Saddles for Women
Finding the right saddle should be a high priority for all female cyclists. The saddle is a key contact area of the bike. It takes most of your weight and therefore it is crucially important to have a comfortable seat if you want to enjoy long rides.
If you buy a women’s specific bike then chances are it will already be fitted with a women’s specific saddle but it’s not necessarily the right one for you. When you buy a new bike you should try the supplied saddle first, but be prepared to change it if it proves to be uncomfortable.
Most people, both men and women will feel a degree of discomfort when they first start riding a road bike because it’s a new activity and your whole body needs to adapt. However, if after a month or so you are still uncomfortable then you should seek help.
One potential area of saddle discomfort for women is caused by putting pressure on the front of your genital area. The soft tissue at the front really isn’t meant to be bear weight. We have sit bones, a.k.a. ischial tuberosities, for that job. But on a bike, in a bent-over riding position, your body weight is shared between the two sit bones and the pubic bone in the front, which means there is pressure on the soft tissue (the perineum) at the front.
The most common cause of saddle discomfort is a poor choice of saddle. A lot of women in pursuit of maximum comfort reach for short, stubby, armchair type saddle with gel inserts and heaps of padding. They certainly look the comfiest, but while these saddles are fine for leisurely trips to the shops, they are unsuitable for longer rides. A saddle that is too thick and soft will make you sink down from the weight of your sit bones and cause the middle of the saddle to push up and place more pressure on your soft tissue.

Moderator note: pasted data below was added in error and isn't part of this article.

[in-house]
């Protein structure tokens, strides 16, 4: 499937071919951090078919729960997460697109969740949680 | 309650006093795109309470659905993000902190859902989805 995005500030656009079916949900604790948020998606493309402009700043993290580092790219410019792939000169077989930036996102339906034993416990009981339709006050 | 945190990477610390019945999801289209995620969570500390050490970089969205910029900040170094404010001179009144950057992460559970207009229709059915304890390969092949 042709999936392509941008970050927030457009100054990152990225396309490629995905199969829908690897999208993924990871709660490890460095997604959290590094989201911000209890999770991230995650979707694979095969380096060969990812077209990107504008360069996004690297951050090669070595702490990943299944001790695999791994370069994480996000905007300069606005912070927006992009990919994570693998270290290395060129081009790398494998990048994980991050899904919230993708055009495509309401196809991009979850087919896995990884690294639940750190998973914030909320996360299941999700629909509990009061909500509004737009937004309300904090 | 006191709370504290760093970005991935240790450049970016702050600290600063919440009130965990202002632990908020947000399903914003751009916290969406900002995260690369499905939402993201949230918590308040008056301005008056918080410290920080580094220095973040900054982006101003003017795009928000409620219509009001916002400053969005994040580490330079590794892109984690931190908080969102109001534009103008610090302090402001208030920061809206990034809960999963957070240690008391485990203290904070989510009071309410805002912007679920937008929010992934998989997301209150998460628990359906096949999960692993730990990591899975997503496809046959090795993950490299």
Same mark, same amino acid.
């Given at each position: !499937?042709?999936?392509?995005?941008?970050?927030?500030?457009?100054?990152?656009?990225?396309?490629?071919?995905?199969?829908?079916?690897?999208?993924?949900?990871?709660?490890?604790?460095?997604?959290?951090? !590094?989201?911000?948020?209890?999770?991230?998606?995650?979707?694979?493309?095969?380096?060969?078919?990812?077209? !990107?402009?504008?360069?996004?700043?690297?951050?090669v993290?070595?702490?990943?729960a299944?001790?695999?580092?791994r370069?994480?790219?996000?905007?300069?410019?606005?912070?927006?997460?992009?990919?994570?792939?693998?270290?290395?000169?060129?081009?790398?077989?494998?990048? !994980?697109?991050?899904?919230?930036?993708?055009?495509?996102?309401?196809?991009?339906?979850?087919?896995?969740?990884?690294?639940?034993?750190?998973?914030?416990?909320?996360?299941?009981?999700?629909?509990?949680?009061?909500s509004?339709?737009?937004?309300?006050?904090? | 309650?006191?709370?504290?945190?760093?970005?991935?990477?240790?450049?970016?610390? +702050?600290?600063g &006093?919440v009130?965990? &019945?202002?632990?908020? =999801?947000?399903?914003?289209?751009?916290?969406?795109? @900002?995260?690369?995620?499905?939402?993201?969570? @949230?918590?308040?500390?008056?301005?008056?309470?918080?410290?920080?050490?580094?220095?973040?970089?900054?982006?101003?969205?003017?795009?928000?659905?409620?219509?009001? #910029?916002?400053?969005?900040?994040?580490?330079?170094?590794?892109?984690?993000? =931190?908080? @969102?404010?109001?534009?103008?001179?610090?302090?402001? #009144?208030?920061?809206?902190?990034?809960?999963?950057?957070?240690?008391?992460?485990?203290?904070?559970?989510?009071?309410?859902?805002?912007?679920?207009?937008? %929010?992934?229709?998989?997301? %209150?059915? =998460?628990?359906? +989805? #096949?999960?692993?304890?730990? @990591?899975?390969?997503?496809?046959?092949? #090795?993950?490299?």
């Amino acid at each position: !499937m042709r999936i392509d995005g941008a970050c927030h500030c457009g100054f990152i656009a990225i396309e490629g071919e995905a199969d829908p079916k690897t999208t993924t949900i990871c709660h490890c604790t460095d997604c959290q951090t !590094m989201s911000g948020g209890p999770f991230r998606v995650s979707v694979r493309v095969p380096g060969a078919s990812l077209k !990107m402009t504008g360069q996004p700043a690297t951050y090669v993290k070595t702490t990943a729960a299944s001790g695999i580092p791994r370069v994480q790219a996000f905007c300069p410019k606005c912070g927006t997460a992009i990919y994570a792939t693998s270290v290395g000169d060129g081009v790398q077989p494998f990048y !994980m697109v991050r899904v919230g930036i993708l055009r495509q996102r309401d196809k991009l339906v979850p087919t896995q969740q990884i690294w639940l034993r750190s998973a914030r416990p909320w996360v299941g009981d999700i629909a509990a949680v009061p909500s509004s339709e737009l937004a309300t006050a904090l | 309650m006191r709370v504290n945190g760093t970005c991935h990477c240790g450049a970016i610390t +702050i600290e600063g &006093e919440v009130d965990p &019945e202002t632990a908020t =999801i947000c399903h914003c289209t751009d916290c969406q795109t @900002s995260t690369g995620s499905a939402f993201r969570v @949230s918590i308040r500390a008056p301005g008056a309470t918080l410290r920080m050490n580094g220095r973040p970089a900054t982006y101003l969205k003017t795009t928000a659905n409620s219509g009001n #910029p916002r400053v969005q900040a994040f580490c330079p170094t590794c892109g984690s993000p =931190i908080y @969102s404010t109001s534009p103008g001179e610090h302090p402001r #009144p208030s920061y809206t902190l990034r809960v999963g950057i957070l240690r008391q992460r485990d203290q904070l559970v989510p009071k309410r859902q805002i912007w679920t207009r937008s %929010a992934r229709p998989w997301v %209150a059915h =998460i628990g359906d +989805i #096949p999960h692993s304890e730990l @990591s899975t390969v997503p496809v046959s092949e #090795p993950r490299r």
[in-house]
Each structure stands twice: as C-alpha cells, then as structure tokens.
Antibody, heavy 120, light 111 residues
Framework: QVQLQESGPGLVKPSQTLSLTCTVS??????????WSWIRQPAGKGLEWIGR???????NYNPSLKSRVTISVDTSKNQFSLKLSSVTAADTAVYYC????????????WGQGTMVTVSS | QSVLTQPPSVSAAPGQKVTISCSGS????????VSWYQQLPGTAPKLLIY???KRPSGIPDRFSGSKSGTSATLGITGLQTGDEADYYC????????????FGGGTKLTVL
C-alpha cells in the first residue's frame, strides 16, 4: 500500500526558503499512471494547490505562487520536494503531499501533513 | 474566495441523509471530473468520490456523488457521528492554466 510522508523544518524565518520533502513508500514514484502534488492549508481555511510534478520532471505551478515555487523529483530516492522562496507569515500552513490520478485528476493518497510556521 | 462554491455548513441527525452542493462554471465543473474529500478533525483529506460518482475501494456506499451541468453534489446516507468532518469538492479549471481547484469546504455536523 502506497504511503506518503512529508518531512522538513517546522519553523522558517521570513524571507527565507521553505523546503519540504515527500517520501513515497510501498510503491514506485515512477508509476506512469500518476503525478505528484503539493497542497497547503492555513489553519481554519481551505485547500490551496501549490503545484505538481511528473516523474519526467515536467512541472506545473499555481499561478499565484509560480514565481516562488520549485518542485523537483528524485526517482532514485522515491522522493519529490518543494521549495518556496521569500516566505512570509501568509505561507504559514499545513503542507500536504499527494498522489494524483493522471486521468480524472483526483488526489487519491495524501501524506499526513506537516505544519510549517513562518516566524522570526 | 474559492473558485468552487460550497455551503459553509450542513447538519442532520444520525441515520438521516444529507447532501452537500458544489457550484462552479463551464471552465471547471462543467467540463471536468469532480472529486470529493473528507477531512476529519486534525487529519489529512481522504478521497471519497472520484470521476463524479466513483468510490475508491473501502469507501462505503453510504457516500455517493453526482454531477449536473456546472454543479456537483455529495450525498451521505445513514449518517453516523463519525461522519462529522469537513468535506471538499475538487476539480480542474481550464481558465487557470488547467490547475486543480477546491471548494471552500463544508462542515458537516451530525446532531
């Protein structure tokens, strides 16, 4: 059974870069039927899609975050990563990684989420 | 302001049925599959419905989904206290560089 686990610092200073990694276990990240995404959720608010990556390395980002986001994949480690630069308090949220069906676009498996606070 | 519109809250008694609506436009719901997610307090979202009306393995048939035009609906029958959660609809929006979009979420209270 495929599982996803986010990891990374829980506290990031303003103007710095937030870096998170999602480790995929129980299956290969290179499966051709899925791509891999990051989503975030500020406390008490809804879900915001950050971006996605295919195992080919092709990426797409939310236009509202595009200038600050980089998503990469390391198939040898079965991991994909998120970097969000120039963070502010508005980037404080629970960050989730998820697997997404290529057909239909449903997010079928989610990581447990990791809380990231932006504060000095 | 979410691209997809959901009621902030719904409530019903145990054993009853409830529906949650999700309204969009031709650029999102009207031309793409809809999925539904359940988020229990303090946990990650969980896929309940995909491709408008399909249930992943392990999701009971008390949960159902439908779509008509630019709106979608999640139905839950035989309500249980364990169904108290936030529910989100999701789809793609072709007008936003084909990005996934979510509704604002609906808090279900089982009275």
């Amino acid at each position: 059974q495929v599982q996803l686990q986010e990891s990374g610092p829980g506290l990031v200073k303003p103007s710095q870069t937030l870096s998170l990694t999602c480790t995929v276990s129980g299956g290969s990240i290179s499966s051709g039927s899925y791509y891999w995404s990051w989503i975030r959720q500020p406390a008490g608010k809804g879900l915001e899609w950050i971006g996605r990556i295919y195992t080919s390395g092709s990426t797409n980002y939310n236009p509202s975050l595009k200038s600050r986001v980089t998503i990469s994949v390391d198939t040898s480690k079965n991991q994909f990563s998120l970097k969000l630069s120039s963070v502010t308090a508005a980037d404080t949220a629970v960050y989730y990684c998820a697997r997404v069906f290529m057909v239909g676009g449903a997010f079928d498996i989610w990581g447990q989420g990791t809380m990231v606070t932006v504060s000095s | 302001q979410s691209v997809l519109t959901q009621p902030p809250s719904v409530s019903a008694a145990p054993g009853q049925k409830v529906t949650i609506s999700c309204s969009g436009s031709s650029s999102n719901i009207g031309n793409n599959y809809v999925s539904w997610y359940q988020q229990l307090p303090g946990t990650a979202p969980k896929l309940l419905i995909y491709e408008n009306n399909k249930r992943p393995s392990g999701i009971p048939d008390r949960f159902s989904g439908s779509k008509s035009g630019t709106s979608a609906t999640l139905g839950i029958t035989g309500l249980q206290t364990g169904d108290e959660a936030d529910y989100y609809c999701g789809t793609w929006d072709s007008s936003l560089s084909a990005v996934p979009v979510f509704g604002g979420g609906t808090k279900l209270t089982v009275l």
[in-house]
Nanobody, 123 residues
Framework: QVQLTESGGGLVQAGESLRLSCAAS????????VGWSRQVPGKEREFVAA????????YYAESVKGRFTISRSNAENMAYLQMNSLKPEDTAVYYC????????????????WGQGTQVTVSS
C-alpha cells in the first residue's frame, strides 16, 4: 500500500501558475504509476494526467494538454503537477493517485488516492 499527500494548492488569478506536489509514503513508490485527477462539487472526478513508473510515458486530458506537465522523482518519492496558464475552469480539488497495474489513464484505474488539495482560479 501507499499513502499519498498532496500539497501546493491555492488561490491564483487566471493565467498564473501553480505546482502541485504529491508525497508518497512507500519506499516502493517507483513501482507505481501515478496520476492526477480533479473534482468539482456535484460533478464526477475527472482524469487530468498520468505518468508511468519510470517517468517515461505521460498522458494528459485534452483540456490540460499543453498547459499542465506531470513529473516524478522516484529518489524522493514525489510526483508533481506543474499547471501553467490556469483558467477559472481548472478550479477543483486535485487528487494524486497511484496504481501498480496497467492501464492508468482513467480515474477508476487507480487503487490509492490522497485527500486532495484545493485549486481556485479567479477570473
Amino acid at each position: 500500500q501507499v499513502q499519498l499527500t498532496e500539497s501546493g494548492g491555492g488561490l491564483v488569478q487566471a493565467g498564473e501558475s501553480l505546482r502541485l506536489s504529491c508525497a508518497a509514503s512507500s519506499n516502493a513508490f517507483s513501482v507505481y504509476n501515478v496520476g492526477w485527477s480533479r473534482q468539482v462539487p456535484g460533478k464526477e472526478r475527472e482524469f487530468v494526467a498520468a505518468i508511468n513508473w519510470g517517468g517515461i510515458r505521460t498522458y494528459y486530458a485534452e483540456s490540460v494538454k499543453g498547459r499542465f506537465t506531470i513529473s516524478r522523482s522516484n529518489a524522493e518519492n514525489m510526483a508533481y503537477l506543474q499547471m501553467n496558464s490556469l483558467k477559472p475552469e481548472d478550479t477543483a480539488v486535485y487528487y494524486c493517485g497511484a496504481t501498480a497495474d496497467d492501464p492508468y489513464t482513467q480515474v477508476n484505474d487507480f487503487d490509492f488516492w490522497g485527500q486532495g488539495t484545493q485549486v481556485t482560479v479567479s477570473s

A proper women’s saddle should have a minimal amount of padding for the sit bones and a cut-out or groove in front to provide relief from pressure on the perineum and to improve blood flow. It’s important for the cut-out or groove to extend far enough forward to remove pressure in the correct region.
Width is also important. The sit bones should be sitting in the middle of the widest part of the saddle. Specialized and Bontrager both offer saddles in three different widths, and several brands have a measuring system that will take an imprint of your sit bones to determine the correct saddle width. A saddle that is too narrow causes the sit bones to hang off the sides. If your saddle is too wide, the support isn’t where it is needed. Having a choice of saddle width is important for petite women who have narrow pelvises and would normally choose a narrower men’s saddle.
You should also shop around to find a bike shop that has ‘test saddles’ available which allow you to ‘try before you buy’. Many dealers offer test saddles that they loan out to customers who leave a deposit. You should try several different test saddles until you find the one that is just right.
Saddle selection is a personal choice. Everyone’s anatomy, weight and style of riding is unique. As a result, one person may love a saddle whereas another will hate it. When buying a saddle, make sure your local bike shop will allow you to return it if you don’t like it. Otherwise, you can spend a lot of money trying to find a saddle that’s ‘just right’ for you. It also goes without saying that buying a saddle online unless it’s a repeat purchase, is also not a great idea.
Good luck in finding your perfect match. If you're going to spend many hours sitting on your saddle then don’t hesitate to hunt around until you find the right one and please don’t skimp on the price. Plus, don’t forget it’s also your choice of cycling attire like good quality well-fitted lycra knicks that will have an impact on your comfort level.